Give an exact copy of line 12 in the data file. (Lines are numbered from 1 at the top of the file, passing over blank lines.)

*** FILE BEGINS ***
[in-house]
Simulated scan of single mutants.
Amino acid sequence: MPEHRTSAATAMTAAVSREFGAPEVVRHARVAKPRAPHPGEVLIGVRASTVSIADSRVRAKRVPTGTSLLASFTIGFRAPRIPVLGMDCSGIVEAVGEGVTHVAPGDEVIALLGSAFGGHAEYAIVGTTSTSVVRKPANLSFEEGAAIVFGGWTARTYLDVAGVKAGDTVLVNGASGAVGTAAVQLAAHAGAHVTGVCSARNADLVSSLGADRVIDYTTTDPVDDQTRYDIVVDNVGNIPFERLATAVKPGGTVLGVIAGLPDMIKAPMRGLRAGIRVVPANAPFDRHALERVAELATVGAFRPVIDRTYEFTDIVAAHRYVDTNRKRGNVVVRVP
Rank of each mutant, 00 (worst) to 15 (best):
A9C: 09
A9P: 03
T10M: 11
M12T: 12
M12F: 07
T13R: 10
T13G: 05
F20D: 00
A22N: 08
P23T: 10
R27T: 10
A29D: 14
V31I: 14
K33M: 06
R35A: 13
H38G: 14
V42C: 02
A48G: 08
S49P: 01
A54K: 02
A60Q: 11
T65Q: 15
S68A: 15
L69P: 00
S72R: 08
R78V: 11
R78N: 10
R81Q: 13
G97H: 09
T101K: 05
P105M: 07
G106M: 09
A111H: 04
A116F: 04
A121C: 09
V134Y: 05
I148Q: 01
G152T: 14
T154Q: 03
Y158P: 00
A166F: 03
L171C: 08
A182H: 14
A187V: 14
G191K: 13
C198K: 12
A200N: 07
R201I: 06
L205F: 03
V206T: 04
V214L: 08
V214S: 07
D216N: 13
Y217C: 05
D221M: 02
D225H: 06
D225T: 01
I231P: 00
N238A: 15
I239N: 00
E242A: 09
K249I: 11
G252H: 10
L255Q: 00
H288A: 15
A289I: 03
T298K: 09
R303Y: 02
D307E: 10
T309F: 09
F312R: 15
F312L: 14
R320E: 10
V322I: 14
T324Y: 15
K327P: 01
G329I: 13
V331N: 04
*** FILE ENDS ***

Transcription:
F20D: 00